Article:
I Found Peace Here at IMAN—It Woke Me Up.

Ms. Freya Powell had driven past our IMAN Atlanta office several times before she decided to stop in. She had learned about IMAN through another community partner and two months ago, finally made the decision to attend a Grassroots Power Hour session—our weekly community organizing forum that connects people in order to build power around important issues. What Ms. Freya experienced floored her. Never before, she told me, had she been in a space that affirmed so much of her humanity—that brought older generations together with young leaders, that connected returning citizens with the children of immigrants, that incorporated the arts and self-care practices as crucial components of working to uplift and transform her community.

And meeting Ms. Freya validates everything I have always known and loved about this organization. I have the privilege of being the only IMAN Atlanta staff member who has had the experience of working at both the Chicago and Atlanta sites. Over the last three years, I have witnessed IMAN’s holistic model take root and flourish organically in my home state of Georgia and can attest to IMAN’s ability to create real meaningful change—helping to pass important legislation around prisoner rights; training over 65 leaders in our signature Community Organizing curriculum; inspiring the hearts of over 1,000 people through powerful artistic expression at Community Cafés; rekindling connections to the earth through urban agriculture and healthy eating workshops; graduating three Green ReEntry cohorts; and now, on the verge of completing renovation of a 10-unit apartment complex—the most expansive Green ReEntry project IMAN has embarked on in its over 21 year history.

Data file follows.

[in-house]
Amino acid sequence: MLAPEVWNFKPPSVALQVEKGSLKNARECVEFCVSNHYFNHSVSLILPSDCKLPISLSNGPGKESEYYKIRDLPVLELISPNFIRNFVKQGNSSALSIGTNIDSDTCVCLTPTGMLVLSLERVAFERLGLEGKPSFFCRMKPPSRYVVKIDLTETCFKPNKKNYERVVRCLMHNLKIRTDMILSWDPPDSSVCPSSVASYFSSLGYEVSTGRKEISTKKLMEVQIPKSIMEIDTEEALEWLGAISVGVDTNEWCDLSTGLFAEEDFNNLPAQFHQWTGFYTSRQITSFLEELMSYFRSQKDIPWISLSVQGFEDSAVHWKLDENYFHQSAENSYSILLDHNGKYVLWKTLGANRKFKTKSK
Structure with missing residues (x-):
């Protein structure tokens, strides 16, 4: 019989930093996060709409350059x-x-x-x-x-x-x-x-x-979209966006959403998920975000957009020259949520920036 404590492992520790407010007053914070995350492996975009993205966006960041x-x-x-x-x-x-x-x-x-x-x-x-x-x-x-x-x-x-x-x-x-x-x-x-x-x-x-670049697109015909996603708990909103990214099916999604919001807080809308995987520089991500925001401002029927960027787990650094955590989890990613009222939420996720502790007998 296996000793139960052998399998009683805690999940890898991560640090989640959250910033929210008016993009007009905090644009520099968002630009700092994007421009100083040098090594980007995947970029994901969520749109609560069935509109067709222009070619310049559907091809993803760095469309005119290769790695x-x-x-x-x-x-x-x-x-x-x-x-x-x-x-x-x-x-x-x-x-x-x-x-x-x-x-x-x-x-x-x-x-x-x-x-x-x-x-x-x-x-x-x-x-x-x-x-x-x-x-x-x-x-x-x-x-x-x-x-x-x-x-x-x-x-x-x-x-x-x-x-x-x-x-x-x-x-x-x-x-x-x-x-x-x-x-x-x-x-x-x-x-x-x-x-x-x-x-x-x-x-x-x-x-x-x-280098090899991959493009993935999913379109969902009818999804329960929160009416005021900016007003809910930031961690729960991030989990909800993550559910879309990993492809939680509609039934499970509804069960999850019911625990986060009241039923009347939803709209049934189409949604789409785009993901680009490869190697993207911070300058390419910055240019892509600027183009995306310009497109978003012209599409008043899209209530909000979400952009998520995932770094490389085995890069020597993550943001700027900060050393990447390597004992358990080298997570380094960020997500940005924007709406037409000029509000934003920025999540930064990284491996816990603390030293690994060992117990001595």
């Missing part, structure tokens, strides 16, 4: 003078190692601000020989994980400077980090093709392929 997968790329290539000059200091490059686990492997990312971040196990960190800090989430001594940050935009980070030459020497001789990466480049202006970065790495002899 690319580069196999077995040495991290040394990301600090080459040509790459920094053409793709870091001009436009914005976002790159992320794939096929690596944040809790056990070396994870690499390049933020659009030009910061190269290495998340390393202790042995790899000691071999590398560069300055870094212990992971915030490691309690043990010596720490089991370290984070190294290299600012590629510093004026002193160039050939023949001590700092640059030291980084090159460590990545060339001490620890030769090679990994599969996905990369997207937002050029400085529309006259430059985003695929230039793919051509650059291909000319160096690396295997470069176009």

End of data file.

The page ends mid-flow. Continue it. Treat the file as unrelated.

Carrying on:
Ms. Freya has been inviting everyone she knows to join IMAN’s efforts and especially loves that IMAN is a space that she feels connects her to her own faith, while forming a solid and meaningful link to people of other faiths doing life-changing work in her community. In Ms. Freya’s words, “I found peace here at IMAN – it woke me up.”

Join me and Ms. Freya in supporting IMAN’s One Link, One Chain: 2019 Ramadan Drive with a generous, zakat-eligible, tax-deductible donation. Help us continue to form links like Ms. Freya in Chicago, Atlanta, and beyond.

This Is Why We Are Dying…

As an active Christian and IMAN collaborator, I’ve had opportunities to join my Muslim sisters and brothers for many Iftar dinners over the years but none as powerful as the one I attended on the first day of Ramadan at IMAN.

Monday night I joined a group of IMAN staff, leaders, and community members who gathered at IMAN’s Health Center with State Senator Jacqueline Collins to discuss Senate Resolution 98—an effort to call out and curtail the deplorable number of preventable deaths in Illinois’ prisons. Some evidence suggests that one third of all deaths recorded within the Illinois Department of Corrections between 2016 and 2017 were preventable.